Raccoon pillaged this turtle's nest

Sunday, July 15, 2012

The day I took this photo I happened upon a red-eared slider laying eggs in a hole it had made in the ground. I did not disturb the turtle or even stop to photograph her knowing that her task should continue undisturbed. Her eggs would need to be laid and immediately covered with dirt before she went back to the safety of the pond nearby. The nest would be left unguarded by the female turtle from that point on.

Nearby I found raccoon tracks and evidence of turtle nest destruction. My photo here shows where a raccoon has dug up the nest and eaten the eggs laid by a red-eared slider. I placed a quarter on the ground to show size correlation.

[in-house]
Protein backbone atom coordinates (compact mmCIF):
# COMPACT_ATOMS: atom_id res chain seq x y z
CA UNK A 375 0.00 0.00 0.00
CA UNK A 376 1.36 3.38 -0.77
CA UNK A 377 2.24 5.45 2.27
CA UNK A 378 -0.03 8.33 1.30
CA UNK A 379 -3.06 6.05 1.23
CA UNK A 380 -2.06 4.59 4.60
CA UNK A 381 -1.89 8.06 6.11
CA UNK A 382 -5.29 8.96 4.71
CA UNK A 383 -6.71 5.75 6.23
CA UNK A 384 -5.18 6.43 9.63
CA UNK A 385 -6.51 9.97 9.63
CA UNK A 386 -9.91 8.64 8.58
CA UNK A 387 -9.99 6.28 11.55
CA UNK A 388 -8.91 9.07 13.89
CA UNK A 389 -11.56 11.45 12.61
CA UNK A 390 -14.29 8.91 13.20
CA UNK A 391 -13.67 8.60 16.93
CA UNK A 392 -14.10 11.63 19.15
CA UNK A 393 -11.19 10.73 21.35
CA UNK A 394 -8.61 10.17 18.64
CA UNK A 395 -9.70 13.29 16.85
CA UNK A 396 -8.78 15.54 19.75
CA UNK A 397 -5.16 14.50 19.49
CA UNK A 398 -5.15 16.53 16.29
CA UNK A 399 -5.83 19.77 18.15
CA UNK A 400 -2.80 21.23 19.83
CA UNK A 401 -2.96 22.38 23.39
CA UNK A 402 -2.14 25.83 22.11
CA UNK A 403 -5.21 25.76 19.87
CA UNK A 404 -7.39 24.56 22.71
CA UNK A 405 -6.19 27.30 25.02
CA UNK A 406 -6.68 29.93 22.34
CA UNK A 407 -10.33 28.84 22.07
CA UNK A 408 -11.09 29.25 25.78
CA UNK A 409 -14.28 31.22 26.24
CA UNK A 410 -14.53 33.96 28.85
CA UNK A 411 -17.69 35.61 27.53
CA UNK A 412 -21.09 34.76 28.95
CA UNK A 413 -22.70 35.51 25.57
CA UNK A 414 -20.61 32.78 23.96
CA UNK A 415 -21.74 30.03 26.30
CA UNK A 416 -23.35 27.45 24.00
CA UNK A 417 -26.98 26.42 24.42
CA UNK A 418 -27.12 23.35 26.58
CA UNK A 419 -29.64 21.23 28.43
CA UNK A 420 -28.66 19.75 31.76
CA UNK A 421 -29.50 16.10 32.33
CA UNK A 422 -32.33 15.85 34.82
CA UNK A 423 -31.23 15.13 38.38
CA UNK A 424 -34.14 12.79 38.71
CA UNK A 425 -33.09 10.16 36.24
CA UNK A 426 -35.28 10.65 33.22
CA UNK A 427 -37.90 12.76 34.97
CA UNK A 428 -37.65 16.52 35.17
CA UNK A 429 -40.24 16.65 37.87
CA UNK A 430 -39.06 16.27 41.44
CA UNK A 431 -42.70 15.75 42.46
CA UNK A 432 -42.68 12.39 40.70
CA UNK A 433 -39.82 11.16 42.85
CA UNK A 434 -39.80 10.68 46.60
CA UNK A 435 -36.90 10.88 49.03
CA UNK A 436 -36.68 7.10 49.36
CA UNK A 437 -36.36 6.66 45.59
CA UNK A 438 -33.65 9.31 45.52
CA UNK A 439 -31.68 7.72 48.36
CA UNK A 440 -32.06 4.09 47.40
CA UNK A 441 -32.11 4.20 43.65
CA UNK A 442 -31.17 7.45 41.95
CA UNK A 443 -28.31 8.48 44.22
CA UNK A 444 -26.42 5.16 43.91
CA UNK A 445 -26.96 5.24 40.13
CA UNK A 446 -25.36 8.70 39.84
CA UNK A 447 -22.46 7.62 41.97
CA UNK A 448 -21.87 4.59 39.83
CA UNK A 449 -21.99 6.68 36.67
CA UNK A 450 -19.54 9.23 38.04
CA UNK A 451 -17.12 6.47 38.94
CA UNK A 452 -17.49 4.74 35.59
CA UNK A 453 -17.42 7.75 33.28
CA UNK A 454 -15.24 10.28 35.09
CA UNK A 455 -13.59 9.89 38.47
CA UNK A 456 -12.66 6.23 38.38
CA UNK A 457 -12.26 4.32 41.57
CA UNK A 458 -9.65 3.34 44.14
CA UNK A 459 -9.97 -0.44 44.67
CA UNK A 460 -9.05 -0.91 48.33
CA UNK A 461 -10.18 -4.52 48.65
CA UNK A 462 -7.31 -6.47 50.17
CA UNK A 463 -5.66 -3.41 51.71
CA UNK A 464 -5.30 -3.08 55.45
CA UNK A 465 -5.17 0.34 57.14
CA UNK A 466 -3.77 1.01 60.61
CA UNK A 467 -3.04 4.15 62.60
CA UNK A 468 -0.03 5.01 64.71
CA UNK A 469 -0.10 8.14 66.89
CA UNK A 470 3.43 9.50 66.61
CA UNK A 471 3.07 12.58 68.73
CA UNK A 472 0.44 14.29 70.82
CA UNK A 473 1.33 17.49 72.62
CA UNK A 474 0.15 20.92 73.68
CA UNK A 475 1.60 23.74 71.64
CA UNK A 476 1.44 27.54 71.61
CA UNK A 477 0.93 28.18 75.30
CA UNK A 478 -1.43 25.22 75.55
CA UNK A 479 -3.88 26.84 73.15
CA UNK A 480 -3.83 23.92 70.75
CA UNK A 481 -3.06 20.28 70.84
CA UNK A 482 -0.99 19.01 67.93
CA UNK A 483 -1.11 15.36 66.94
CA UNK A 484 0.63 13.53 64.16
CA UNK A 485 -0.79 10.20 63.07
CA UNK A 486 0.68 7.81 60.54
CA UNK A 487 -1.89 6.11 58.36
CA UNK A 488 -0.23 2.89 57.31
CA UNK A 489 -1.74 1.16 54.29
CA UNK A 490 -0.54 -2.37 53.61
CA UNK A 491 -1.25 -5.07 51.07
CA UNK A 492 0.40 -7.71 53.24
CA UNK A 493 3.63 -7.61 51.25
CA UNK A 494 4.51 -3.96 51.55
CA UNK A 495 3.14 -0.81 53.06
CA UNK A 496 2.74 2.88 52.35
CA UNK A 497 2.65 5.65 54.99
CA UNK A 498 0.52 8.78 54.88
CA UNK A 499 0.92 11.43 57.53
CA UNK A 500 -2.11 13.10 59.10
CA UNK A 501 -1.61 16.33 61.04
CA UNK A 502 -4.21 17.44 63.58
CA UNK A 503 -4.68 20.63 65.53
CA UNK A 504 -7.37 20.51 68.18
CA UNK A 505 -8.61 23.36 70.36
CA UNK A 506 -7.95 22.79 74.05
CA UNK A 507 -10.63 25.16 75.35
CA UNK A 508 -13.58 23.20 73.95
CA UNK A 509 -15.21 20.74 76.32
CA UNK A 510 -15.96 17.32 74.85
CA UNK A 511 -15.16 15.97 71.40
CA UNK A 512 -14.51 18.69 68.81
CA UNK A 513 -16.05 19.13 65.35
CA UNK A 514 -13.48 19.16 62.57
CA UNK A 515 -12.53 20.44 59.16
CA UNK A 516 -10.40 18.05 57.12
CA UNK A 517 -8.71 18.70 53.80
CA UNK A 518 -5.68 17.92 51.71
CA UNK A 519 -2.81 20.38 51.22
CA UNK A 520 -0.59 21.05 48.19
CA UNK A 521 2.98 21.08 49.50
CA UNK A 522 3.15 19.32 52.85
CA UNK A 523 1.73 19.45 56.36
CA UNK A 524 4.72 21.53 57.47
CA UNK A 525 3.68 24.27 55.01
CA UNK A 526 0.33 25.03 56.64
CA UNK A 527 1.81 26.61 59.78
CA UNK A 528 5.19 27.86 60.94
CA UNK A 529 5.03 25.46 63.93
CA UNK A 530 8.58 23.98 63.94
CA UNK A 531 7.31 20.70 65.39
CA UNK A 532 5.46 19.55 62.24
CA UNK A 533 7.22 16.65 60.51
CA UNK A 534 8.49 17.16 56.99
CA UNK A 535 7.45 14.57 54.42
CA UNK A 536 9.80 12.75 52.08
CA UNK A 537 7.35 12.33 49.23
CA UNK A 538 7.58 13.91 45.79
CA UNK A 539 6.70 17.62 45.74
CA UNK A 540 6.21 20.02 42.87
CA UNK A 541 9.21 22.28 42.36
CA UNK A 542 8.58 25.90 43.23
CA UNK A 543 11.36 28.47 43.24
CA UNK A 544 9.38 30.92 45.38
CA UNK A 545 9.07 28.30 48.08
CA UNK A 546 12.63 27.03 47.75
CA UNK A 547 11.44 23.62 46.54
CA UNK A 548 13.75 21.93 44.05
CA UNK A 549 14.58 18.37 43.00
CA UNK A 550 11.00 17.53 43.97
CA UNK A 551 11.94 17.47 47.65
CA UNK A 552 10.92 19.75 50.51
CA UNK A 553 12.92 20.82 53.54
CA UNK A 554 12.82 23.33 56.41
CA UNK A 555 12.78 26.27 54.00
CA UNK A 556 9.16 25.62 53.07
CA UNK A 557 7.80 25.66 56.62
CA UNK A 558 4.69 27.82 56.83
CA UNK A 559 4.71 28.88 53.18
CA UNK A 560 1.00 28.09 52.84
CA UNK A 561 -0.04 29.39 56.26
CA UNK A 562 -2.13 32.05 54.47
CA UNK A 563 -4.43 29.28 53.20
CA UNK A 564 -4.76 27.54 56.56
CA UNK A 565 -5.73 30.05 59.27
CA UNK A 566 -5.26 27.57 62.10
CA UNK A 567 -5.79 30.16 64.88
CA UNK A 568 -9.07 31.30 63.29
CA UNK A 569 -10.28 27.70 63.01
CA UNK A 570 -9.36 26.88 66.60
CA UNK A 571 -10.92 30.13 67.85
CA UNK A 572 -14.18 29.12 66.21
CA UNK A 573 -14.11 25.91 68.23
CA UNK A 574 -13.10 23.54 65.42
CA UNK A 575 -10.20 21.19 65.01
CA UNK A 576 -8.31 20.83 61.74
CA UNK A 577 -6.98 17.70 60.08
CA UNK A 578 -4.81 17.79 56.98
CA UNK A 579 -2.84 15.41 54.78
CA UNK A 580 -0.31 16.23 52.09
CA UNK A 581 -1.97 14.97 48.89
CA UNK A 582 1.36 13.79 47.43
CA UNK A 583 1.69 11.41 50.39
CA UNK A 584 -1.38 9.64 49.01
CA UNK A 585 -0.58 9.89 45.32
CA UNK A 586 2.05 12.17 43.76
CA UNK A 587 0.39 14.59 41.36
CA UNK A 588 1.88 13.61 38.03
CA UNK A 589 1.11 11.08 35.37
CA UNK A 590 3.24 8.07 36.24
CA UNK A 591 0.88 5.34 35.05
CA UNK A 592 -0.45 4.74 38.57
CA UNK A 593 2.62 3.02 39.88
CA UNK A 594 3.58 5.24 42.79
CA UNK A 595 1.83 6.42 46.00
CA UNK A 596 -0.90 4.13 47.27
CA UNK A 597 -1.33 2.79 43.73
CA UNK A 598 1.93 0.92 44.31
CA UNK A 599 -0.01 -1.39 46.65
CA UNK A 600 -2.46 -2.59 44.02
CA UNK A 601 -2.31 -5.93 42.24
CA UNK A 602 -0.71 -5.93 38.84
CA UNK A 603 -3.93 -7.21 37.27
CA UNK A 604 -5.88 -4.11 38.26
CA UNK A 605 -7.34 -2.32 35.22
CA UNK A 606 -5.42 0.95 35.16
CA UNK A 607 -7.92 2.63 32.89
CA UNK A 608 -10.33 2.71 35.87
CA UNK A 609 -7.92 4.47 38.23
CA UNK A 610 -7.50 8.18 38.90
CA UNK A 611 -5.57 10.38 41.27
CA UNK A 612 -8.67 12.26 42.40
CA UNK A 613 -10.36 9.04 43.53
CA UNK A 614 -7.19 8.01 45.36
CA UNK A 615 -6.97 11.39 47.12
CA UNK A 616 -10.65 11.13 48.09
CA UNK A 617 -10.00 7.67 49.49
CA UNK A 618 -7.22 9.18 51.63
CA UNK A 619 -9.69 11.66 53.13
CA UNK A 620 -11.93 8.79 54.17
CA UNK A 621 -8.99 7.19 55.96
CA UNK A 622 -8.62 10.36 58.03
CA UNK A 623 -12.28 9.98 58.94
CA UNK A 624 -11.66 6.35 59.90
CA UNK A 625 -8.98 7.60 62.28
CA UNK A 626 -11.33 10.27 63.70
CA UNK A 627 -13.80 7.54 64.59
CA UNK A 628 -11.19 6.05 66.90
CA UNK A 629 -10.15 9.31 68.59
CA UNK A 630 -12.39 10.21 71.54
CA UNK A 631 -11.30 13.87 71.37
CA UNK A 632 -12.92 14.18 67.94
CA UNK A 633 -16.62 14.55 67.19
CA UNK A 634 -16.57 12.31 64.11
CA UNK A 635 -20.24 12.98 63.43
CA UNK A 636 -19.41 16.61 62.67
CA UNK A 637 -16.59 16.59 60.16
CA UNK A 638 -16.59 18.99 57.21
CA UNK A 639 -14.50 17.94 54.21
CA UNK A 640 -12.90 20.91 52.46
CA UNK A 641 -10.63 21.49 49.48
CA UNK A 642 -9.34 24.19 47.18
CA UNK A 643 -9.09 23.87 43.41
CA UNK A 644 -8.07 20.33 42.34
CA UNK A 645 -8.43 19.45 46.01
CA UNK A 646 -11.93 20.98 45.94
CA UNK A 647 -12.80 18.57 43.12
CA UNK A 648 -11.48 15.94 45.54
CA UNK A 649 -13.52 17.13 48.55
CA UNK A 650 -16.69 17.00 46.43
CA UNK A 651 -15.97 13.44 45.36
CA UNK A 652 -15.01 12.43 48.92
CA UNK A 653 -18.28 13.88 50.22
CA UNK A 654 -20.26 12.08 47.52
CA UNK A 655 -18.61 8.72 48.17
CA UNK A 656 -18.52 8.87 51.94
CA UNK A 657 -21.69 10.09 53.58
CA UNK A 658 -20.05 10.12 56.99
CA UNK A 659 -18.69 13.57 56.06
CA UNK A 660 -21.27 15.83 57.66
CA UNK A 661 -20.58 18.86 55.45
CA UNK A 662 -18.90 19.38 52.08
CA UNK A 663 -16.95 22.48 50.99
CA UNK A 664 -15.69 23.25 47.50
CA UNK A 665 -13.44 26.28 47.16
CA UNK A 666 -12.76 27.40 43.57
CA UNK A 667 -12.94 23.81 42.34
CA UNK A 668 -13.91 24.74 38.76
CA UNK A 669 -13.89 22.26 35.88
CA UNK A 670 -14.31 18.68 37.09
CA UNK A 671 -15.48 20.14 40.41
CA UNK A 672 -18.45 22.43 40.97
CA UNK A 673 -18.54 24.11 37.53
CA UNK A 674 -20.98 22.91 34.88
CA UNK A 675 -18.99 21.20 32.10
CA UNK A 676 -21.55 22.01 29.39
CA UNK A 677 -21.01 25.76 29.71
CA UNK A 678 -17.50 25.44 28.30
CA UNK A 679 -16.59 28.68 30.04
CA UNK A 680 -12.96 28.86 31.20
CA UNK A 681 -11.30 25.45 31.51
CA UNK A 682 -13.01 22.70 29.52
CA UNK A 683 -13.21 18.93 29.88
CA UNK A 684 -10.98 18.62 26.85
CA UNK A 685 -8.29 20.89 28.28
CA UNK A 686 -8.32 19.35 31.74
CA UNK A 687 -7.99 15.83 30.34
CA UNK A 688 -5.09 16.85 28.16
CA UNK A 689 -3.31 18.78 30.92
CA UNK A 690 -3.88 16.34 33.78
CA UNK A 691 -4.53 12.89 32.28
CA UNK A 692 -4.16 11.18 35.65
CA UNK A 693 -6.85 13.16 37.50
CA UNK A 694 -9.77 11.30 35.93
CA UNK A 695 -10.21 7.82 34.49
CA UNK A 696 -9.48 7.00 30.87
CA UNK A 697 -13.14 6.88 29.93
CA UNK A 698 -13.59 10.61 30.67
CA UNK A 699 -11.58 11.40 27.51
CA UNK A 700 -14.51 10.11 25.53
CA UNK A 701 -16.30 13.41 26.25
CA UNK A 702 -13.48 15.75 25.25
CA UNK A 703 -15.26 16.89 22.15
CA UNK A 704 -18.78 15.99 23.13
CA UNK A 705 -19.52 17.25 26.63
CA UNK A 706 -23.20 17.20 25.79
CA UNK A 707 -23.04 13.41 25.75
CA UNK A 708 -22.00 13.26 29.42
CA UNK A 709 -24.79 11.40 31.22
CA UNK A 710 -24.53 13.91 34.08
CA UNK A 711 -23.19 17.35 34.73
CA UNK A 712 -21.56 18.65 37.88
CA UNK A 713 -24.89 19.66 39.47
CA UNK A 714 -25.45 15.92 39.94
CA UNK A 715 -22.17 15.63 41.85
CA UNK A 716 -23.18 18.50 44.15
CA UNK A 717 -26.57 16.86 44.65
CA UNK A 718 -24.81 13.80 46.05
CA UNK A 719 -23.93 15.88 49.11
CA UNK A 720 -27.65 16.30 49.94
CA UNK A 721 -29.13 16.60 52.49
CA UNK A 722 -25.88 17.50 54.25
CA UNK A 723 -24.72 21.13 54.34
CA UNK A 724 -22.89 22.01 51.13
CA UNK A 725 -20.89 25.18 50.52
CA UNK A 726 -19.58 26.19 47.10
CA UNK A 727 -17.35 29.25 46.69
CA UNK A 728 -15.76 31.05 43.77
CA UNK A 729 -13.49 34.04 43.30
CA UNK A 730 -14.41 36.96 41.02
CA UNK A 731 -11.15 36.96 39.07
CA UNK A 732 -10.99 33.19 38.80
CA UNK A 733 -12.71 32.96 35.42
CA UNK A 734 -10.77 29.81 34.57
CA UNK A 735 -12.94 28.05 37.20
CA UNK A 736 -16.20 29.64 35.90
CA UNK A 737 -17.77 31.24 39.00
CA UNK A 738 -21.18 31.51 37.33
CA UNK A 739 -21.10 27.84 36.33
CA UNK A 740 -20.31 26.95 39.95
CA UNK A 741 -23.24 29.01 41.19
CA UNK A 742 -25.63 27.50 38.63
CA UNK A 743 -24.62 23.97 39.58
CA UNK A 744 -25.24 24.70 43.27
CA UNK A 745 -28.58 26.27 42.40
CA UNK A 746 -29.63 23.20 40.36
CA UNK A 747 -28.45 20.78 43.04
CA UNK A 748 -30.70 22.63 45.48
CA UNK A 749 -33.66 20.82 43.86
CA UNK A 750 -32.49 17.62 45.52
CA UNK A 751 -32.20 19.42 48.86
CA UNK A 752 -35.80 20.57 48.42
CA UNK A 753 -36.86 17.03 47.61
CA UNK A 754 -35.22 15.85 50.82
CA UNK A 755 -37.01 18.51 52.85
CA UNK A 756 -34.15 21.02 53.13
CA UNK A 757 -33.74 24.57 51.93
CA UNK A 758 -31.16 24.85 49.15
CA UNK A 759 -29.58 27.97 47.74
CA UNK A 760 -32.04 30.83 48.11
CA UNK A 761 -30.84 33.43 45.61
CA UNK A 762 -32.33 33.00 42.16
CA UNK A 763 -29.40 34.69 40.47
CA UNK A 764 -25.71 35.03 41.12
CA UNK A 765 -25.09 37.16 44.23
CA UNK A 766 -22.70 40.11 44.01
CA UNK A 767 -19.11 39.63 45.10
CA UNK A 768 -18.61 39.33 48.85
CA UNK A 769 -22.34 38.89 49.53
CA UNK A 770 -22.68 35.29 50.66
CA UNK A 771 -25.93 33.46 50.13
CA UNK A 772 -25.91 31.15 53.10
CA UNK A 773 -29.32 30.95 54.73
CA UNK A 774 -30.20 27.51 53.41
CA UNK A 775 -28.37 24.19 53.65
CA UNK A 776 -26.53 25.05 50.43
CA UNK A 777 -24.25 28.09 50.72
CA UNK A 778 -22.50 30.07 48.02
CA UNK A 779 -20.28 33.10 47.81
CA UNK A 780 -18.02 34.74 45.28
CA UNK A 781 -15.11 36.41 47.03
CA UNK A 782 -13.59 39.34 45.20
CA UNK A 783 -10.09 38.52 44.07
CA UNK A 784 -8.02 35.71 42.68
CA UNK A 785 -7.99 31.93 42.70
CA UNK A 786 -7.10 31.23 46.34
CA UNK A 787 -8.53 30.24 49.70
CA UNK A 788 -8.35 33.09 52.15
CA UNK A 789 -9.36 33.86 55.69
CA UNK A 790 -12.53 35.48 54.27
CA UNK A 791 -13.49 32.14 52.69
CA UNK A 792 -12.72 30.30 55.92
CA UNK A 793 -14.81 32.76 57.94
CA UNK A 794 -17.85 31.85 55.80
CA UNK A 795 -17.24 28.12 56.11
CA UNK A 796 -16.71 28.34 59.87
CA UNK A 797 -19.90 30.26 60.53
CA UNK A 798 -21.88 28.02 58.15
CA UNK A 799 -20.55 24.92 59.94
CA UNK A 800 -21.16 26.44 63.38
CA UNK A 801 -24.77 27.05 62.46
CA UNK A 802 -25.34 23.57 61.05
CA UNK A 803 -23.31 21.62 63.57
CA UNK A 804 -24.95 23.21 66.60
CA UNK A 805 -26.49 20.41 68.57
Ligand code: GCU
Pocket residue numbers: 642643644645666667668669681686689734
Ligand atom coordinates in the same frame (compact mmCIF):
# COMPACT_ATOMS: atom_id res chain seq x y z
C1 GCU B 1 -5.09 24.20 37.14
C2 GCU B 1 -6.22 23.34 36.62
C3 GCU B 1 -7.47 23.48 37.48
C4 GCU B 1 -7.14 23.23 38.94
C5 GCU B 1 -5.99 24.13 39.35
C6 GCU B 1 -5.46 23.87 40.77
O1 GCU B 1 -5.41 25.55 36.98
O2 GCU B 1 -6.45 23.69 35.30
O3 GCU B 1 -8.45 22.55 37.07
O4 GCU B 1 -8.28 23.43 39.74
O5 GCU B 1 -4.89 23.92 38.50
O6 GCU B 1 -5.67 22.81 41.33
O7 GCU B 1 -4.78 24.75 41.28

The red-eared slider is a native southern United States water turtle. It is the turtle seen most often in Southeast Missouri basking on logs partially submerged in water. Its eggs are white and oblong. Raccoons seeking out nests to pillage will return night after night to a nest area favored by red-eared sliders. Nests at the area's fringe will often go undiscovered by the raccoons and eggs in those nests will survive and hatch.

Through the Woods is a weekly nature photo column by Aaron Horrell. Find this column at semissourian.com to order a reprint of the photo. Find more work by him at the Painted Wren Gallery.

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